Pitcher plants could be source of anti-fungal medicine

By James Robertson

Carnivorous plants have developed a unique way to get the nutrients they need from sources other than soil.  Now researchers have found the plants also developed a way to protect their access to those nutrients that could have an impact on medicine.

Researchers at Tel Aviv University tested the liquid from inside the carnivorous pitcher plant Nepenthes khasiana, and found the liquid contained compounds that fought off fungi, protecting against competition for nutrients gained through digesting insects by breaking down the fungi’s chitinous protection. Also found in the exoskeletons of crustaceans, chitin is a substance that gives fungi structural support.


NGS Photo by Paul Zahl

Since certain folk remedies in India involve drinking the pitcher plant juice, the researchers say the plant is not toxic to humans and therefore can be developed into medicines to treat fungal infections that are common in hospitals and kill thousands of people in the U.S. a year.

The researchers also say the medicine could combat many strains of fungi, making it effective against even medication-resistant strains.  And, it’s 100 percent organic!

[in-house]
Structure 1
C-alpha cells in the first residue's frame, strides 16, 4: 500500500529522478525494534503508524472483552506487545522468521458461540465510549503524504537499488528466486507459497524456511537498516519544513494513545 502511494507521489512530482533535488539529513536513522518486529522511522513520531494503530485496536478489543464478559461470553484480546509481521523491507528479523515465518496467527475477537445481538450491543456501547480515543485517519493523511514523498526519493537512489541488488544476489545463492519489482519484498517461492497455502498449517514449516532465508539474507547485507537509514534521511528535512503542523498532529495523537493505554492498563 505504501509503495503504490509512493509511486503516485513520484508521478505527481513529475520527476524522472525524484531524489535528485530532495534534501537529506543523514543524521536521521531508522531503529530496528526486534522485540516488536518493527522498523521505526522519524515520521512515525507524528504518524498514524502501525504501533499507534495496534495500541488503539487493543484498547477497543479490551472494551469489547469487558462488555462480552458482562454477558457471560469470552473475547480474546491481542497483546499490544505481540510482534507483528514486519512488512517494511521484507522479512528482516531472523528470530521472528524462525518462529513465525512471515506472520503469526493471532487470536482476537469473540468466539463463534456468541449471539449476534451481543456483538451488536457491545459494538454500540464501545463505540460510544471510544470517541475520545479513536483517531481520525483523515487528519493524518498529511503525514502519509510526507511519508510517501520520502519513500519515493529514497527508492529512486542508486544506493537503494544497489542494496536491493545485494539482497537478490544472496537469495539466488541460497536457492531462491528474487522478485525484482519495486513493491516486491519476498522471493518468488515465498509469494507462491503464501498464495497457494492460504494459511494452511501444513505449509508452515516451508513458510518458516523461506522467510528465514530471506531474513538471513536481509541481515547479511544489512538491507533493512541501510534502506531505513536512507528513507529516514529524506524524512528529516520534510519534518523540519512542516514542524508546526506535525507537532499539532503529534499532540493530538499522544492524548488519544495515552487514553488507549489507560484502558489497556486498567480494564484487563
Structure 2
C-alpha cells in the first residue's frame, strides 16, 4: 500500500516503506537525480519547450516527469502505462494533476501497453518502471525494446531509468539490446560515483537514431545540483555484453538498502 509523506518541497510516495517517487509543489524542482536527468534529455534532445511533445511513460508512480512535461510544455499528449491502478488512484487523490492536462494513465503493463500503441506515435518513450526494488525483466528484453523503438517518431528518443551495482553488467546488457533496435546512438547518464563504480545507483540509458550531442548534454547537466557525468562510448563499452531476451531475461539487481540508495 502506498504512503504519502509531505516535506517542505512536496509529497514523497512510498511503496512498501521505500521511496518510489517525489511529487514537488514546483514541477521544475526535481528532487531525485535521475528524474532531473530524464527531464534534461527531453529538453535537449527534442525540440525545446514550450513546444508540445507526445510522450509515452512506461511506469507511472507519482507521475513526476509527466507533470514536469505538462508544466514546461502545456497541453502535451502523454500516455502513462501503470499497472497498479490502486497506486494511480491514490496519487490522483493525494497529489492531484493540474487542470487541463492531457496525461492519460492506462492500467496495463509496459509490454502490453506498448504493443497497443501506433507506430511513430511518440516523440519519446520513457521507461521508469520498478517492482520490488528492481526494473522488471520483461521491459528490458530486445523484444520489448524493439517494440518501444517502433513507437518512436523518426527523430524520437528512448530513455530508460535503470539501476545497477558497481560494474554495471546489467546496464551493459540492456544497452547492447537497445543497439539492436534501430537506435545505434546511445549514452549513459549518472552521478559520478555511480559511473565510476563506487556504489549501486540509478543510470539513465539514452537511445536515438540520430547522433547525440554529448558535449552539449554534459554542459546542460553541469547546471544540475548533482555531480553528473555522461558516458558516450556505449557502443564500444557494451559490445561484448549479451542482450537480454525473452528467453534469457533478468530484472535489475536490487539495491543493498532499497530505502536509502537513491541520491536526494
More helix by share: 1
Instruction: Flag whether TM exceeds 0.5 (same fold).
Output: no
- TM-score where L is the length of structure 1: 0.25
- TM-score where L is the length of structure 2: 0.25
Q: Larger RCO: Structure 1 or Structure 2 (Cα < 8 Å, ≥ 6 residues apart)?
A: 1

“There is a lot of room for developing compounds from nature into new drugs,” said Aviah Zilberstein, an author of the study, in a statement.

To learn more about carnivorous plants, check out this month’s story in National Geographic.

Changing Planet


Meet the Author
More than forty years in U.S., UK, and South African media gives David Max Braun global perspective and experience across multiple storytelling platforms. His coverage of science, nature, politics, and technology has been published/broadcast by the BBC, CNN, NPR, AP, UPI, National Geographic, TechWeb, De Telegraaf, Travel World, and Argus South African Newspapers. He has published two books and won several journalism awards. In his 22-year career at National Geographic he was VP and editor in chief of National Geographic Digital Media, and the founding editor of the National Geographic Society blog, hosting a global discussion on issues resonating with the Society's mission and initiatives. He also directed the Society side of the Fulbright-National Geographic Digital Storytelling Fellowship, awarded to Americans seeking the opportunity to spend nine months abroad, engaging local communities and sharing stories from the field with a global audience. A regular expert on National Geographic Expeditions, David also lectures on storytelling for impact. He has 120,000 followers on social media: Facebook  Twitter  LinkedIn